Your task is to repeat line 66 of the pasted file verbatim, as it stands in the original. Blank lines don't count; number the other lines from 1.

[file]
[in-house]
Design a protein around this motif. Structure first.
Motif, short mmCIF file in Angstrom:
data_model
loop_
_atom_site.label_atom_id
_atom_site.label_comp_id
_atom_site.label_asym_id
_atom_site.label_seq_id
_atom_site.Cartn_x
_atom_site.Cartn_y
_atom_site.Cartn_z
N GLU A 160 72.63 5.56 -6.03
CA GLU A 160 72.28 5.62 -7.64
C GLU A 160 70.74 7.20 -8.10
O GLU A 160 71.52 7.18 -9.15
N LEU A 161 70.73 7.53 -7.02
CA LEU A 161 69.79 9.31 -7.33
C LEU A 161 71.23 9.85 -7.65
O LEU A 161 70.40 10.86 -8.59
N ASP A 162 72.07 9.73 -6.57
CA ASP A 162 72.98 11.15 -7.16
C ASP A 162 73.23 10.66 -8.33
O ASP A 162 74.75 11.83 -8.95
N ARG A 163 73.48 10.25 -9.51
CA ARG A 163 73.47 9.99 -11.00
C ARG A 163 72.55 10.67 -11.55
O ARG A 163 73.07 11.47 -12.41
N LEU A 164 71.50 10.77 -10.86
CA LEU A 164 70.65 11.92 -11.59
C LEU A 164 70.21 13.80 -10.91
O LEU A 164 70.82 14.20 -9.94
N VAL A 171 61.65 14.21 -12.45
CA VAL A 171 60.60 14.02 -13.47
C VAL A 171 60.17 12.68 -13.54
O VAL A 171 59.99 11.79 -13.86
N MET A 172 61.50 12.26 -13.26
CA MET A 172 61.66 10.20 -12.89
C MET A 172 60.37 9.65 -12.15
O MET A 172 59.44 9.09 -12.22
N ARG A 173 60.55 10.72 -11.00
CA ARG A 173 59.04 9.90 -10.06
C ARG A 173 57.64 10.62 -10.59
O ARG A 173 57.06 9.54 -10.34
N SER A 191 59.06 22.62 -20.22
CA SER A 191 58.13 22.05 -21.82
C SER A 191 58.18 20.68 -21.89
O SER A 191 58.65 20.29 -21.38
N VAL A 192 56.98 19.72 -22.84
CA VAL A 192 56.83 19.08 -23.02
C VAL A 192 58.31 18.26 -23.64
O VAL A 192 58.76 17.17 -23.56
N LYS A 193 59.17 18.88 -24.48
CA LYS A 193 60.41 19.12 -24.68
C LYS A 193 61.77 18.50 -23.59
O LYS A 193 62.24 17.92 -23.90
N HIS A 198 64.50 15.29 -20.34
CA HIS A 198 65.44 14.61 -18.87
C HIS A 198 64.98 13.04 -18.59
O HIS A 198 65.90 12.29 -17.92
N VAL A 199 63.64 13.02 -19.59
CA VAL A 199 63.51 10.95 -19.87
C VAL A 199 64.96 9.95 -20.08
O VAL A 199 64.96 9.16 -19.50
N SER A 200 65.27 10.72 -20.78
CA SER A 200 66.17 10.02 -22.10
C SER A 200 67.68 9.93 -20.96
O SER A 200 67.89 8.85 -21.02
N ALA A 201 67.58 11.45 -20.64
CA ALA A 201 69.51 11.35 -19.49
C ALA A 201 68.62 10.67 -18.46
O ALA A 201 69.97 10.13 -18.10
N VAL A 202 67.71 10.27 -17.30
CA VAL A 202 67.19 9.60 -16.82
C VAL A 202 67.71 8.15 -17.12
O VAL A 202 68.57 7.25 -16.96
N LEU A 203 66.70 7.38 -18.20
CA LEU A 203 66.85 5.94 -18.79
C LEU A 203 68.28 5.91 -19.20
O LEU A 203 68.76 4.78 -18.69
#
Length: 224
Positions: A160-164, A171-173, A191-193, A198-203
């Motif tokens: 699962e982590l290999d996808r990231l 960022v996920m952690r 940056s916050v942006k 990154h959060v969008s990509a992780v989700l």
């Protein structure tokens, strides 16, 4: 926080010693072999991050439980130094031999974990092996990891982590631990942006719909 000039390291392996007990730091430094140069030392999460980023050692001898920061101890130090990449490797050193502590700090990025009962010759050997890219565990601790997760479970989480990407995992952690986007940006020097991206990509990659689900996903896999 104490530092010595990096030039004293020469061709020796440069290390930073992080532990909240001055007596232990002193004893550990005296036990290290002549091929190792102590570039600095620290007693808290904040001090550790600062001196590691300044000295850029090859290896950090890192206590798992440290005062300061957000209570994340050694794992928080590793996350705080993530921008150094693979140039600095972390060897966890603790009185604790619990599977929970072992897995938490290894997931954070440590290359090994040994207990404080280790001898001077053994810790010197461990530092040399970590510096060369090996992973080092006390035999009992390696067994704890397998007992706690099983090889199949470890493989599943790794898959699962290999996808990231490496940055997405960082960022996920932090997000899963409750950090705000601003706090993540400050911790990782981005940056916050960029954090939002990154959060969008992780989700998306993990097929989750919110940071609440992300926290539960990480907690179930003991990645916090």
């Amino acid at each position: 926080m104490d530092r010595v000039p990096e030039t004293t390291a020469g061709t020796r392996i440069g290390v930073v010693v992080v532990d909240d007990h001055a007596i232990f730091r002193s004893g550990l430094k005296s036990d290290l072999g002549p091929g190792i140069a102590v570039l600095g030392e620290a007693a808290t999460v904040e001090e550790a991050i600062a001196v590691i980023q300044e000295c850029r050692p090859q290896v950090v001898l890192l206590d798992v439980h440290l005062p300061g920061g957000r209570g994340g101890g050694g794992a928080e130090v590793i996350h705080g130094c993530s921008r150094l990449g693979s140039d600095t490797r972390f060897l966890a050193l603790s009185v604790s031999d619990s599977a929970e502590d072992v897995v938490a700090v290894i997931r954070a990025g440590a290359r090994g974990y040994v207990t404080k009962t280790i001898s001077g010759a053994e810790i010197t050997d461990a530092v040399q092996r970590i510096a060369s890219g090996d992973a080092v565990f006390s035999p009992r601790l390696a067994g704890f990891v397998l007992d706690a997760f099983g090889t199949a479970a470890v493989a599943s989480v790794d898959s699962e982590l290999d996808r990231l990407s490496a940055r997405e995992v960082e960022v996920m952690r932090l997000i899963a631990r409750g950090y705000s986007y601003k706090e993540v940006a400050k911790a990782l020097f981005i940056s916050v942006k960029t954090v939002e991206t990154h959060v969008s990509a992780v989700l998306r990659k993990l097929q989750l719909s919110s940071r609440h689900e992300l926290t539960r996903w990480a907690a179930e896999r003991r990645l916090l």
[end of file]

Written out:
CA SER A 200 66.17 10.02 -22.10